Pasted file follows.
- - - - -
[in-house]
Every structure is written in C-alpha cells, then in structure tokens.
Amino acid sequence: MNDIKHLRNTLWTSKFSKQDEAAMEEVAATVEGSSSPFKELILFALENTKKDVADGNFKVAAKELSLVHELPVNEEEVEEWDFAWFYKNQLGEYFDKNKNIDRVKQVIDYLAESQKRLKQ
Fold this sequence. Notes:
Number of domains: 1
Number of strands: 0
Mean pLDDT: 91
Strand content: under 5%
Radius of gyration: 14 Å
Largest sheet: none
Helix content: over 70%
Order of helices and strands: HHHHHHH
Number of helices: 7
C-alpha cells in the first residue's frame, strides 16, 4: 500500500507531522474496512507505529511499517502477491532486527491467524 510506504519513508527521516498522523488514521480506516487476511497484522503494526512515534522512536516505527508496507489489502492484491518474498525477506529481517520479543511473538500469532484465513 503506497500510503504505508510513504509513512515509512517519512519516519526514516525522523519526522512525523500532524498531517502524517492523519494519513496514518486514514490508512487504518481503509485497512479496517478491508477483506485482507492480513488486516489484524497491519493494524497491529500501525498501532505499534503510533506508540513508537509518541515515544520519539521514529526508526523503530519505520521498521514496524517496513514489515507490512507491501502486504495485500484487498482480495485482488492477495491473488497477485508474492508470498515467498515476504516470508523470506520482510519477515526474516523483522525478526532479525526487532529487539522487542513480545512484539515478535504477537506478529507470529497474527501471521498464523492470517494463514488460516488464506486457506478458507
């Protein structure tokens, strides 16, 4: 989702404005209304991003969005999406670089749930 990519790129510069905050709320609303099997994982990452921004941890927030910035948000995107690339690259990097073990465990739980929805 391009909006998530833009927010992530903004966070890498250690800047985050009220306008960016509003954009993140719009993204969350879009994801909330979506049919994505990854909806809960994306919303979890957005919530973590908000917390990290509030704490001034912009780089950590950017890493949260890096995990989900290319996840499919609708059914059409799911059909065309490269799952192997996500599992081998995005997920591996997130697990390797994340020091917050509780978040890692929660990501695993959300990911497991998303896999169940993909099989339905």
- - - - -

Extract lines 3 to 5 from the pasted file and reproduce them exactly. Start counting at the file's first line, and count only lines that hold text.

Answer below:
Amino acid sequence: MNDIKHLRNTLWTSKFSKQDEAAMEEVAATVEGSSSPFKELILFALENTKKDVADGNFKVAAKELSLVHELPVNEEEVEEWDFAWFYKNQLGEYFDKNKNIDRVKQVIDYLAESQKRLKQ
Fold this sequence. Notes:
Number of domains: 1